Artist's conception shows two supermassive black holes, similar to those observed by UNM researchers, orbiting one another more than 750 million light-years from Earth. Josh Valenzuela/University of New Mexico

A galaxy 750 million light-years away from the Earth has not one but two supermassive black holes at its center and they form a binary system, with one orbiting the other. The discovery, announced Tuesday in a paper published in the Astrophysical Journal, is the first confirmation of orbital motion between two supermassive black holes, even though the phenomenon has been theorized for a long time.

Greg Taylor, a professor at the University of New Mexico and a co-author of the paper, said in a statement on the university’s website: “For a long time, we’ve been looking into space to try and find a pair of these supermassive black holes orbiting as a result of two galaxies merging. Even though we’ve theorized that this should be happening, nobody had ever seen it until now.”

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The galaxy where this cosmic dance is taking place is called 0402+379, and the two dancing objects together have a mass of 15 billion times the sun. The massive size of the two black holes makes their orbital period extremely long, at about 24,000 years. Consequently, the team that has been observing them for 12 years has not seen even a slight curvature in the orbit.

Lead author of the paper, Karishma Bansal, is a graduate student at the University, and in the statement, she said of the discovery: “As I learned there was data going back to 2003, we plotted it and determined they are orbiting one another. It’s very exciting.”

She added it will be another three or four years before the team makes more observations of the binary supermassive black hole system to plot its precise orbit.

Putting the size of the orbit and its observation from Earth in perspective, Roger W. Romani, professor of physics at Stanford University and member of the research team, said in the statement: “If you imagine a snail on the recently-discovered Earth-like planet orbiting Proxima Centauri — 4.243 light-years away — moving at 1 cm a second, that’s the angular motion we’re resolving here.”

In a statement on Stanford’s website, Bansal said: “The black holes are at a separation of about seven parsecs, which is the closest together that two supermassive black holes have ever been seen before.”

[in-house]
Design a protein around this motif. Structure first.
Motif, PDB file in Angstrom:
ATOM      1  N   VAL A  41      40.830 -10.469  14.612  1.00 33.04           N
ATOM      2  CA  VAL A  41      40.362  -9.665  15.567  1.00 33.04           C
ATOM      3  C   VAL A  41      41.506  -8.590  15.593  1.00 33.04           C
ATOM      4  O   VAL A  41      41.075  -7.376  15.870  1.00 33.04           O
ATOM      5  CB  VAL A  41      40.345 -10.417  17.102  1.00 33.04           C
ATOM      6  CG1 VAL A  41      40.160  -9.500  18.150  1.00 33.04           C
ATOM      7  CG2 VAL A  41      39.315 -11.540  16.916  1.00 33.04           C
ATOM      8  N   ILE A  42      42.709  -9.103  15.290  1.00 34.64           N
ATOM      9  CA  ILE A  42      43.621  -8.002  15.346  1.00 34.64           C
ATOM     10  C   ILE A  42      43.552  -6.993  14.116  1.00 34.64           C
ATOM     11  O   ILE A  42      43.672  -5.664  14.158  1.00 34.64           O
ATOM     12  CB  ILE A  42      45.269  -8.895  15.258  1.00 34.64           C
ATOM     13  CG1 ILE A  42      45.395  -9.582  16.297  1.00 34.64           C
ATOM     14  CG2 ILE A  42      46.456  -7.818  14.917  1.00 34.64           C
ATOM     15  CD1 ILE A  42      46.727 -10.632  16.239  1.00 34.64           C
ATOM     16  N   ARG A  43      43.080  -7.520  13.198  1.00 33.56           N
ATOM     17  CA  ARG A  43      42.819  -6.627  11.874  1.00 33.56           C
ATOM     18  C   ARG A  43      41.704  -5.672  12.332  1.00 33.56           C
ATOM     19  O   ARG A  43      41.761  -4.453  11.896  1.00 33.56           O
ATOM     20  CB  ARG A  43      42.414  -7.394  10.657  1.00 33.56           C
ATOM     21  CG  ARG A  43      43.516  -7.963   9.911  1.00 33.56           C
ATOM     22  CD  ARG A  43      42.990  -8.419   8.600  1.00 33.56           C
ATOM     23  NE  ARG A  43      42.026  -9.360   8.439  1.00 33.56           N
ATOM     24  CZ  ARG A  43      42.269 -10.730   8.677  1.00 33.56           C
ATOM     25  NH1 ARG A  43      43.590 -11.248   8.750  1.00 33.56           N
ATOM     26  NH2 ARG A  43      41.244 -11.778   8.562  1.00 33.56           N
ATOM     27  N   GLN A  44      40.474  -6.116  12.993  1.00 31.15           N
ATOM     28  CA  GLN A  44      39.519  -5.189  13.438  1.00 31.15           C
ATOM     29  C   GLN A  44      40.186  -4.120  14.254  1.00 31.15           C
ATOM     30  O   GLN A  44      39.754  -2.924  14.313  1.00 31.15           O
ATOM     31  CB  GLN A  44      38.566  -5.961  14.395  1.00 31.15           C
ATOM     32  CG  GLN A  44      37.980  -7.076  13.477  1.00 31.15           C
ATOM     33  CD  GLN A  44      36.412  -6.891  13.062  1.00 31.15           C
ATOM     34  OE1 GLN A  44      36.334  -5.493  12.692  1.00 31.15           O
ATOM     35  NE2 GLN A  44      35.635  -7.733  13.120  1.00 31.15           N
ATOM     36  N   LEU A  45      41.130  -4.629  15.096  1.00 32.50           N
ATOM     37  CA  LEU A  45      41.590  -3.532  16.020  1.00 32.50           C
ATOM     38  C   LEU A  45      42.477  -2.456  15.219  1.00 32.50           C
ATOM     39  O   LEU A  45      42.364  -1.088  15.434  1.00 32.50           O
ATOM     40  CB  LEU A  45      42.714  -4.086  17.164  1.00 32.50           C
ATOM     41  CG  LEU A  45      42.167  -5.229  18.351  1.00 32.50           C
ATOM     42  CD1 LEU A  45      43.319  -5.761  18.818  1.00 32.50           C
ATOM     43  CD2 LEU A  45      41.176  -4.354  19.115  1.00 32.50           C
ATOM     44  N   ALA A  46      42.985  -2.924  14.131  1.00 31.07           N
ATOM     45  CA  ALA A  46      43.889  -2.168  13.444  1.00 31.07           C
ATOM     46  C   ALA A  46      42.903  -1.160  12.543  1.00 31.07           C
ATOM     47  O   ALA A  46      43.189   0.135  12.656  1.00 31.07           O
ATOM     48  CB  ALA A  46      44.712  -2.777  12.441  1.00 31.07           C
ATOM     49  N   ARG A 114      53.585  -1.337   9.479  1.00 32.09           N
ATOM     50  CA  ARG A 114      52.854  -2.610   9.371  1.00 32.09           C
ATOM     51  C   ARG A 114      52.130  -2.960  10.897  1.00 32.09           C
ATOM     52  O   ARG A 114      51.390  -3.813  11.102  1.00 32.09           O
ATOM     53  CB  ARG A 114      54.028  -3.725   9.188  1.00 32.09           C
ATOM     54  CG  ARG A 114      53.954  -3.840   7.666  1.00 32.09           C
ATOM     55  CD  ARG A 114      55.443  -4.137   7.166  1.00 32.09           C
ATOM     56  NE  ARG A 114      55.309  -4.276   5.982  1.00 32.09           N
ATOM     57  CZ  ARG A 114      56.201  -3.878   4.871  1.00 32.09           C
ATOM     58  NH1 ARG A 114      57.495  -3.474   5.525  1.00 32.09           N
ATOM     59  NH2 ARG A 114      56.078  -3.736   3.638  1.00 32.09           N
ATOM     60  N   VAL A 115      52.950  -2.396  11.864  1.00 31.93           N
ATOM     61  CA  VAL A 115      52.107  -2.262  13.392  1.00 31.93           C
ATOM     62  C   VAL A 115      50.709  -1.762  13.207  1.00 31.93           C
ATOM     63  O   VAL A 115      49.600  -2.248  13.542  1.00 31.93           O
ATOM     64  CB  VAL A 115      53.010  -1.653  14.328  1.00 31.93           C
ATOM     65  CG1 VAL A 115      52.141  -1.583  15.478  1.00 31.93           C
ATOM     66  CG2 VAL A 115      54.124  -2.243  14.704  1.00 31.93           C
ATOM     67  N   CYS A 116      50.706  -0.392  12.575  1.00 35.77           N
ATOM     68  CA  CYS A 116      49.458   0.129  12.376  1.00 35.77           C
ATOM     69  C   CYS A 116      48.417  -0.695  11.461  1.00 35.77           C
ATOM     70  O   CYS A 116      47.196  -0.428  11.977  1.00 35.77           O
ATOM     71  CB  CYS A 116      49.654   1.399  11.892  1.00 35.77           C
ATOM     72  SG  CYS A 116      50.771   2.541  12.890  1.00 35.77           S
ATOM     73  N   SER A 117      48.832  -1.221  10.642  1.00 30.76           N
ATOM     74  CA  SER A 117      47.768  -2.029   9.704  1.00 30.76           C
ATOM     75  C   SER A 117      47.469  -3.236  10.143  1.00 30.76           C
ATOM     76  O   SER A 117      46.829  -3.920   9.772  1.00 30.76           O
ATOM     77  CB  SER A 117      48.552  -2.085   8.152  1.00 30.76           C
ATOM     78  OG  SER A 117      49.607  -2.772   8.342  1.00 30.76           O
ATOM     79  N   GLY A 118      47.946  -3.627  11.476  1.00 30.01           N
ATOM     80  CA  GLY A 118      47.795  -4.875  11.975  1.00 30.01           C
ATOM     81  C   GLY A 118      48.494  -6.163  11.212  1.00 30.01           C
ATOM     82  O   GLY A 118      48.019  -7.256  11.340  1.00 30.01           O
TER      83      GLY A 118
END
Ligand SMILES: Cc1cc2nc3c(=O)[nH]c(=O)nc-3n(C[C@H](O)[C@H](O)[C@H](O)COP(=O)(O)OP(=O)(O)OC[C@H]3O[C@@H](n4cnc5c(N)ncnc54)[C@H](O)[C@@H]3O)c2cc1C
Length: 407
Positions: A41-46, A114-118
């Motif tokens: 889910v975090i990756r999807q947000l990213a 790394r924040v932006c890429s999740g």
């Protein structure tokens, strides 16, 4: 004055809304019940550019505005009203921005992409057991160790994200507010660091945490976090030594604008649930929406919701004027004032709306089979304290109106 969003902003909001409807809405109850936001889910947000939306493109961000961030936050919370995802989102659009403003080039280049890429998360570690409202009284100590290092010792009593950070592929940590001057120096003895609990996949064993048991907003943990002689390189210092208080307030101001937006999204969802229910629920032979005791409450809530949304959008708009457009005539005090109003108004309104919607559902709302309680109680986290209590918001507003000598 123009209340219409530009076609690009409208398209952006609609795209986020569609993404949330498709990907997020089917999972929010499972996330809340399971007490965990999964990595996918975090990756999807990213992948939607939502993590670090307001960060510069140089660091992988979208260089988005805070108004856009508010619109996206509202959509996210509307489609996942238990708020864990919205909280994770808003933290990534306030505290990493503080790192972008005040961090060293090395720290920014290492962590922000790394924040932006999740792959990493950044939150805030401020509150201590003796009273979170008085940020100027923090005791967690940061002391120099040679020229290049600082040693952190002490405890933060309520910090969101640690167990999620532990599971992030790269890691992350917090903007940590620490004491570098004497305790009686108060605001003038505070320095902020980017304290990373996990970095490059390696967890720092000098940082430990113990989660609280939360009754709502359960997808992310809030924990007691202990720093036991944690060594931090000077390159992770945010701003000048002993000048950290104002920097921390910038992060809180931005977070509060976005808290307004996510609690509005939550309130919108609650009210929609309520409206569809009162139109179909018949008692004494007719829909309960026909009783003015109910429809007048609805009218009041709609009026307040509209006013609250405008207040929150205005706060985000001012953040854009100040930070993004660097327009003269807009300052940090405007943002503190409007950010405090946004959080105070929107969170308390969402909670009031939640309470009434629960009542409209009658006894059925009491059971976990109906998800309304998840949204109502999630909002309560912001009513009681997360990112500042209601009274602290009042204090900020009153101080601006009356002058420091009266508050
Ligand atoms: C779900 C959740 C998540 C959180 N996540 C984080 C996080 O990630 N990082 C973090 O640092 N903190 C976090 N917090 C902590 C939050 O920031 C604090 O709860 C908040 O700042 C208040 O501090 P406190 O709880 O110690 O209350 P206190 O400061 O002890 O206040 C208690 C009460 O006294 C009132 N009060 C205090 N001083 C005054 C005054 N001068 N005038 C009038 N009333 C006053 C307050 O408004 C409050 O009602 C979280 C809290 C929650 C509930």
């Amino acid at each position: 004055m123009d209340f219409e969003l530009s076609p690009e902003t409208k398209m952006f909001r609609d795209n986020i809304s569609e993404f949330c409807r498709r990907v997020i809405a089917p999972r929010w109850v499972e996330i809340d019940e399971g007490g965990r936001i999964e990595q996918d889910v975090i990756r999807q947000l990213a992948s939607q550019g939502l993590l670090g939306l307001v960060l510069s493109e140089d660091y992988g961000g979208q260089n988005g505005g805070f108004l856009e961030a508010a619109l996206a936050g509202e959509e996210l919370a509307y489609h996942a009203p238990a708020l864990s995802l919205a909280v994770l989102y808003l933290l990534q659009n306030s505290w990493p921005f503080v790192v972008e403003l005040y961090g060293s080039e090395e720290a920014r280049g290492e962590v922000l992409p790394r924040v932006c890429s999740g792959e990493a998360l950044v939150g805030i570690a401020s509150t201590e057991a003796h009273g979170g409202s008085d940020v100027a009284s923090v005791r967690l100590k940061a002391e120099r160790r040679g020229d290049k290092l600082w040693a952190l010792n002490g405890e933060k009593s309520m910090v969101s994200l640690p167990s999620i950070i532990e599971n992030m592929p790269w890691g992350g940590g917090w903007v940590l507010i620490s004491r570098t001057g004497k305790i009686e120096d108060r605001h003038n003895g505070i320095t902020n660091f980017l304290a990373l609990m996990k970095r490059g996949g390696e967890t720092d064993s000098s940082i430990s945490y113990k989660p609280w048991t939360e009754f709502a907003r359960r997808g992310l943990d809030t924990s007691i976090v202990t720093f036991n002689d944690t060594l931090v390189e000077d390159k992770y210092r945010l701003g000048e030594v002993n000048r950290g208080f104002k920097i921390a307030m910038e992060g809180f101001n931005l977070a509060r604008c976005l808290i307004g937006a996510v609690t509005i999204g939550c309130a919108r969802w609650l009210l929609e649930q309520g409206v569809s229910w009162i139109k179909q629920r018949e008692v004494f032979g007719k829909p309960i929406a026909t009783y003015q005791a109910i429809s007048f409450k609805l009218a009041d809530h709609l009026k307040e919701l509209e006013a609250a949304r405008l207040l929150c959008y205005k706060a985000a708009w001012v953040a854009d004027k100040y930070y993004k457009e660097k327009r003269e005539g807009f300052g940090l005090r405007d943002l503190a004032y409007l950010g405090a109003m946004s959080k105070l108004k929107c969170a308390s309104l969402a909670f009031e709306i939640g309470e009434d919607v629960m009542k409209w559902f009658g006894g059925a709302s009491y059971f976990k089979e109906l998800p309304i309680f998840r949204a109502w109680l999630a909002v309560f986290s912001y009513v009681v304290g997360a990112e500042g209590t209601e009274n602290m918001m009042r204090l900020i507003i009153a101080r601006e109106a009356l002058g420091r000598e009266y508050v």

The discovery is significant because it could tell us a lot about both supermassive black holes and the galaxies they inhabit. And somewhat closer home, it could also give us a glimpse of where our home galaxy, the Milky Way, could be headed in the future. The nearby Andromeda galaxy, which like the Milky Way, has a supermassive black hole at its center, is on a collision course with us. So what is being observed in 0402+379 now could be happening here in a few billion years.

Taylor explained in the statement: “Supermassive black holes have a lot of influence on the stars around them and the growth and evolution of the galaxy. So, understanding more about them and what happens when they merge with one another could be important for our understanding of the universe.”

This is a false color VLBA map of radio galaxy 0402+379 at 15 GHz. It hosts two supermassive black holes at its center, being represented by accretion discs with twin jets. University of New Mexico

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The observations were made using the Very Long Baseline Array (VLBA), a series of 10 radio telescopes across the country, designed and built by the National Radio Astronomy Observatory (NRAO).

“What we’ve been able to do is a true technical achievement over this 12-year period using the VLBA to achieve sufficient resolution and precision in the astrometry to actually see the orbit happening. It’s a bit of triumph in technology to have been able to do this,” Taylor said.

The paper was titled “Constraining the Orbit of the Supermassive Black Hole Binary 0402+379.” Robert Zavala from the U.S. Naval Observatory and A.B. Peck from the Gemini Observatory and NRAO also contributed to it.